We are experiencing difficult days. We are isolated in our own homes, the number of infected and deceased by Coronavirus-19 are getting higher every day, the pictures of military trucks taking the coffins out of Bergamo were really shocking, and so are the reports of doctors, nurses, policemen, supermarket employees that have to bear a very heavy workload with almost no means to prevent the spreading of the disease.
Our mood is constantly changing during the day, we switch from joy to sadness in a blink of an eye, we sing from our windows to warm our hearts and feel a little less lonely.
Some people followed the government ordinances very carefully, others needed more time to understand how serious the situation is, but little by little the dramatic news on tv sowed the seed of fear and won their need for freedom. Others, unfortunately, are just hopeless: they leave their houses for no reasons and, in some cases, have move to other areas to enjoy their second home. I’d like to think that they really don’t realise that their negligent behaviour jeopardises the health of so many people, but I sadly have to admit that my friend’s the theory is right. María José thinks that some people live and feel strange, where strange means “My needs are more important than everyone else’s”.
We have only been on lockdown for ten days now and our tempers are getting shorter. We get angry with people who stock up on food and supplies because they are not being supportive of other customers, but at the same time we lose it with people who buy only a few things every day because they often leave their houses. We get mad at people who take the dog out to pee twenty times a day and at those who go out to do sports. We are receiving tons of fake news on our social networks: steam can cure the virus…oh, wait! Steam is bad for your asthma!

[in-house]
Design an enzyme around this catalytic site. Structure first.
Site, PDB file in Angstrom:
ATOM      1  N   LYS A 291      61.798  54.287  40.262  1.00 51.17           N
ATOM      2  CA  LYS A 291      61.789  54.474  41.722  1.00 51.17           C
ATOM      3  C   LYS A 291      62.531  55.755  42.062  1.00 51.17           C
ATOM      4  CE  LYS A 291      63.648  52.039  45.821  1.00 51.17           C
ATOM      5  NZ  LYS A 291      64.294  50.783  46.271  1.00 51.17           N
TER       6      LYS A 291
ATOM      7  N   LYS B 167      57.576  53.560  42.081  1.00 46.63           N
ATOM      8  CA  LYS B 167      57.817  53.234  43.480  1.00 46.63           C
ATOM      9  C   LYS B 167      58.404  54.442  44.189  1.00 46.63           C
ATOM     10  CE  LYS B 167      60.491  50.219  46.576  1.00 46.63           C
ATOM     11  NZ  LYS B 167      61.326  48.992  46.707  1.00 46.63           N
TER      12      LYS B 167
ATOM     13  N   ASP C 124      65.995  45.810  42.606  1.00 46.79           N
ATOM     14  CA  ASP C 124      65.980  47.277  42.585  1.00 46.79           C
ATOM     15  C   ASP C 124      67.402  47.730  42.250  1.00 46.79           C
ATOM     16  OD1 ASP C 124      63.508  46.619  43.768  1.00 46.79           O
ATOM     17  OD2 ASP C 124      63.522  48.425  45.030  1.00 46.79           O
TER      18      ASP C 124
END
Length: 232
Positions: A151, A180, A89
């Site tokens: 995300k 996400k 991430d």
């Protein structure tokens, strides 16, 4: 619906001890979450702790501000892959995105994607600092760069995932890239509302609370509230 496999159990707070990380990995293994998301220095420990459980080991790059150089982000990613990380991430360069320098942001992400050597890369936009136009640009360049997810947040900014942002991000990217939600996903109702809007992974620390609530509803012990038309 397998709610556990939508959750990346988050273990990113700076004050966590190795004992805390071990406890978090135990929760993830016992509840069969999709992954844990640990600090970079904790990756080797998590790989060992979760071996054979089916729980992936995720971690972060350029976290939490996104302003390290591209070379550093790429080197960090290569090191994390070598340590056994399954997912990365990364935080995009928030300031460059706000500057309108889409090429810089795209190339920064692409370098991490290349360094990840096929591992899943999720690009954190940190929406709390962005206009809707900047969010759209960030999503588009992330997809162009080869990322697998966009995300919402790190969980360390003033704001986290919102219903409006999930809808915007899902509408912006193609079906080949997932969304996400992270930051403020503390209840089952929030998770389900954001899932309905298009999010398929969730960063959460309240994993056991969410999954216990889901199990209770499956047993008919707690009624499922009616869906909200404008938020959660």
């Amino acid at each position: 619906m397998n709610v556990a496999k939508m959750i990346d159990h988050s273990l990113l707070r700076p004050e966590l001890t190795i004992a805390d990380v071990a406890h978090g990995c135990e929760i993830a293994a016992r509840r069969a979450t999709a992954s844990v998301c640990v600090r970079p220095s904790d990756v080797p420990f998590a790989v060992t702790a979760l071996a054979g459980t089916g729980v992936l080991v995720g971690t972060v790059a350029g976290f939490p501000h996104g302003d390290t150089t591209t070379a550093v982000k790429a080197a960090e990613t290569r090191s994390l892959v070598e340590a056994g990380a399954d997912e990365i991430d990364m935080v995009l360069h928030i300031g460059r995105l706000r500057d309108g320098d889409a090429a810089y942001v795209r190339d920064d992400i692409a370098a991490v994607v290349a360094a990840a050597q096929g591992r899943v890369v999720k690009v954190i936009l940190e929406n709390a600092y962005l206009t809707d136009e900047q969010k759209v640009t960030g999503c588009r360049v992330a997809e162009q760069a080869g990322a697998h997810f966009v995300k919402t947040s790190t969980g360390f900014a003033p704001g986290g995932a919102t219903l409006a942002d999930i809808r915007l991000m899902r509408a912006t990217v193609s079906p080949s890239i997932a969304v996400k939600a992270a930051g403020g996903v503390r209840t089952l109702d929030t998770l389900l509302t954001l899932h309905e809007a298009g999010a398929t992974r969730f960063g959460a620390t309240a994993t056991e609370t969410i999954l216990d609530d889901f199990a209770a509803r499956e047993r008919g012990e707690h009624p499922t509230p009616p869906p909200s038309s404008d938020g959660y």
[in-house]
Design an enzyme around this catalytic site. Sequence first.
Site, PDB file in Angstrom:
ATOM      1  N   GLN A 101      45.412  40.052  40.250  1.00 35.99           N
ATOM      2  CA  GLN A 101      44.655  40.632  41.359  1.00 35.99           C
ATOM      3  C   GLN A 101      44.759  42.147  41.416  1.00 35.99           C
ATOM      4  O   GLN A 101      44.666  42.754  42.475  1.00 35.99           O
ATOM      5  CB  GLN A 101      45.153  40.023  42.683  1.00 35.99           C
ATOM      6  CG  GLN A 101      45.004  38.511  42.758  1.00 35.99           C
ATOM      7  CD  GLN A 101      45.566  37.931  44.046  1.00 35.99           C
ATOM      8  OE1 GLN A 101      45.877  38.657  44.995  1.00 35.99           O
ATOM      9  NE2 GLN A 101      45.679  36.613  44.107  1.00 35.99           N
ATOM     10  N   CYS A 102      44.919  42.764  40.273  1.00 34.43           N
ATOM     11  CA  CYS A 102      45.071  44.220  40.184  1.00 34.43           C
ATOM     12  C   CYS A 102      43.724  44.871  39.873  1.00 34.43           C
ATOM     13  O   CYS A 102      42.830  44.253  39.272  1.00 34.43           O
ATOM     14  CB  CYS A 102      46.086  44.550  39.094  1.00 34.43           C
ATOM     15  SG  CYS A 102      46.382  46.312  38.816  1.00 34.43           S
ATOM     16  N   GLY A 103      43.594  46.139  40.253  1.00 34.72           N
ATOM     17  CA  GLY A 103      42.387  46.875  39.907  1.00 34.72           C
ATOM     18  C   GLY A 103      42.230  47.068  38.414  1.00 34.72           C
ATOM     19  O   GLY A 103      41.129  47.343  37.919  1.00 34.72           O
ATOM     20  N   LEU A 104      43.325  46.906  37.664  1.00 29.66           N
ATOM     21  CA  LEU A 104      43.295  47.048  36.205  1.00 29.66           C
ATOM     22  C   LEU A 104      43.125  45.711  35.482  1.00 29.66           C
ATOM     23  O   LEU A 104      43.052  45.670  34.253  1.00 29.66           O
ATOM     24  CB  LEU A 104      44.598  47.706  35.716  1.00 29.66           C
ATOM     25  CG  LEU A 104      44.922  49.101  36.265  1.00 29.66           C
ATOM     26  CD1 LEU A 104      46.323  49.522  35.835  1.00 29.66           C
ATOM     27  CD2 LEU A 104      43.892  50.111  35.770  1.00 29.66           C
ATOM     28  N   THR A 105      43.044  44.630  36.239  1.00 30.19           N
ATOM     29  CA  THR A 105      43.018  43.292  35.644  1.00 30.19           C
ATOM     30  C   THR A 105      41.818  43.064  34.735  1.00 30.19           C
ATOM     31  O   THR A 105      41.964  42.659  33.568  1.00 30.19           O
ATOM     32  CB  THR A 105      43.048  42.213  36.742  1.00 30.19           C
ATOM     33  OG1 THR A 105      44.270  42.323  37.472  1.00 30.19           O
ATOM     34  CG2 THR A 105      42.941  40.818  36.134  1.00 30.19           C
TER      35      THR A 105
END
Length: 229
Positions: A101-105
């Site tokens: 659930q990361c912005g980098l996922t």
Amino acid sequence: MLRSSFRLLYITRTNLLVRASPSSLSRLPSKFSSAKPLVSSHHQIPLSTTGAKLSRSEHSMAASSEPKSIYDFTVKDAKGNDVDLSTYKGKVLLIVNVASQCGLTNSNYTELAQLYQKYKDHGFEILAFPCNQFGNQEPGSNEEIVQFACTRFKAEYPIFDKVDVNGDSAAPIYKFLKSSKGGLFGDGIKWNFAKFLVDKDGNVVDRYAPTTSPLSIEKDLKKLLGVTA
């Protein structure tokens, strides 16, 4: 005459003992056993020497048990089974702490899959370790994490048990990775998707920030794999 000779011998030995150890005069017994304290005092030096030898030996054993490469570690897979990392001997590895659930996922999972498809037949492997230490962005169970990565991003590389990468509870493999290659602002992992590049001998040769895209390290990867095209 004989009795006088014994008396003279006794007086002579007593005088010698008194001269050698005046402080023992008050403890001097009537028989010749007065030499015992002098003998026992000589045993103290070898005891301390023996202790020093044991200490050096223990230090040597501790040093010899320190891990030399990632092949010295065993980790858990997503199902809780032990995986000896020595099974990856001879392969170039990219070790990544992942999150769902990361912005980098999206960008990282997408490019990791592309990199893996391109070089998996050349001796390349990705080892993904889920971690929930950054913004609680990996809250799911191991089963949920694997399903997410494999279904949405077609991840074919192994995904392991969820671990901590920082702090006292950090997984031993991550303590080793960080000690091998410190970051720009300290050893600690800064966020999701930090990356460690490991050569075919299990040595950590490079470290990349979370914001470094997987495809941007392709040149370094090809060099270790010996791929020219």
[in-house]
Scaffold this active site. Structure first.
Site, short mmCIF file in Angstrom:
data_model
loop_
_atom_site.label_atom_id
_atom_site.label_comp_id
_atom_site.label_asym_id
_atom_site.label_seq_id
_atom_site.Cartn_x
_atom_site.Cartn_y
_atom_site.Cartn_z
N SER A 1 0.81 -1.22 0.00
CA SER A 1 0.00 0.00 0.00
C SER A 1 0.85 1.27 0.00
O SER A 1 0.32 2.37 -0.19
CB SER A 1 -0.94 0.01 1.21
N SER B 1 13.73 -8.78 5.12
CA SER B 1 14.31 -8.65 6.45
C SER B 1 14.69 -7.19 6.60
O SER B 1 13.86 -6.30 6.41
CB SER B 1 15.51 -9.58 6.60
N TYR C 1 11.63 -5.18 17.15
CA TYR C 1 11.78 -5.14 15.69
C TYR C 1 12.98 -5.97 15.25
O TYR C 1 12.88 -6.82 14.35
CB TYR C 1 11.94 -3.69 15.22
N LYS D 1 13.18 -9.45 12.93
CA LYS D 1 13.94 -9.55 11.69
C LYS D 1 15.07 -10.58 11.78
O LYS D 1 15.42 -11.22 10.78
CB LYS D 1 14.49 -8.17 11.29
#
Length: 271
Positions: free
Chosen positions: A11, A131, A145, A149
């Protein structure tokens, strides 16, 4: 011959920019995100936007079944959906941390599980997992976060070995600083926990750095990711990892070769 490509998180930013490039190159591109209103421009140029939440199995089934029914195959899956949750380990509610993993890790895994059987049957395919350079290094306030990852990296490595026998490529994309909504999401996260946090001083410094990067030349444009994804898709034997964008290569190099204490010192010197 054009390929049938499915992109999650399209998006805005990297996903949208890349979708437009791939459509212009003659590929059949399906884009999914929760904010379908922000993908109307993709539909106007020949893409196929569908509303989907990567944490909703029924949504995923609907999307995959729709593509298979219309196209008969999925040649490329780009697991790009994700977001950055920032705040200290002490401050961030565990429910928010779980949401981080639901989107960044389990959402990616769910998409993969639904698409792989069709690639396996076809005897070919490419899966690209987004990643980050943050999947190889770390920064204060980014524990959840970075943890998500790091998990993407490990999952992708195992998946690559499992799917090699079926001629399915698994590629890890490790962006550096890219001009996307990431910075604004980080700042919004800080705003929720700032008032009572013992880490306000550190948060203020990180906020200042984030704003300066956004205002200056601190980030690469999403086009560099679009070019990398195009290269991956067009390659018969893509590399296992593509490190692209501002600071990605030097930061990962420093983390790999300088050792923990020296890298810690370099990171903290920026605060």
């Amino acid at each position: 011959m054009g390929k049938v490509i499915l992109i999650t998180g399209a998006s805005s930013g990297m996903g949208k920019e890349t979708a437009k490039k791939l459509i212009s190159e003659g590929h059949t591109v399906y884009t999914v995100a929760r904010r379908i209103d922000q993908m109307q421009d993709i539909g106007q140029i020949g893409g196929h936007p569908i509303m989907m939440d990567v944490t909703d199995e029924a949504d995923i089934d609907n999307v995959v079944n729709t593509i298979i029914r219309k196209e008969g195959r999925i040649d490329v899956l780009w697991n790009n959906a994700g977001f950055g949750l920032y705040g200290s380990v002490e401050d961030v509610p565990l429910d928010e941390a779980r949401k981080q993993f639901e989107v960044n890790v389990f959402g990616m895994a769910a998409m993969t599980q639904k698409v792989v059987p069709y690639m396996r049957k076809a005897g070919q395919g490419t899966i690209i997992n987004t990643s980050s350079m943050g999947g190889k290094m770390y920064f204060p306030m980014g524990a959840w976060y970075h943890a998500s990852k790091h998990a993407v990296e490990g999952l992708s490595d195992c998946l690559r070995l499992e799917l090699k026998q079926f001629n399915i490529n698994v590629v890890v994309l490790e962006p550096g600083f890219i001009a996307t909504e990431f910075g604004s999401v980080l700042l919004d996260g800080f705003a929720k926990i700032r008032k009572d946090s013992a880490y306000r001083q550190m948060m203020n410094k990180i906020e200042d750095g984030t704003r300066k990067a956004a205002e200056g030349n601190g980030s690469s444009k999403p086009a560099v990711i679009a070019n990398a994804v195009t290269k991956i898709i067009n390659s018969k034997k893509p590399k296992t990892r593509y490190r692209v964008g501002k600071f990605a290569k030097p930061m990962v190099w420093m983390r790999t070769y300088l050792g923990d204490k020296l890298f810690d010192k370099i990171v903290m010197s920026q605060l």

We are at home and not working (most of us) and we end our days more tired than before! It is, however, mental and emotional exhaustion.
We are in the grip of our innermost fears: illness, death and loneliness. This cruel virus makes everything worse because people get sick and die alone. People pass away without the possibility of being taken care of by their relatives and having a decent funeral. Our subconscious mind is being controlled by these phobias and our attitude switches oddly from singing out of the windows and shouting “Good night!” to our neighbours to attacking anyone behaving inappropriately.
This is only the eleventh day of confinement and it looks like it’s going to be a long distance race that will not last just a few days. This virus has come into our lives to teach us to look in our hearts and be aware of our emotions. When we connect with our feelings, we will be free to accept them without being under their control. If you think that it is a difficult task, I recommend a yoga exercise that never fails and is as old as the hills: remain silent, close your eyes and breathe. Focus only on the breath, every time you inhale and exhale your emotions will emerge and you will be able to face them.
I can’t think of a better wish for the people that are fighting for their lives in the hospitals, for the mothers locked down at home with young children, for the elderly that are home alone and are frightened by the news, for the exhausted health operators, for those who have lost their jobs and are feeling hopeless: breathe, I beg you, breathe.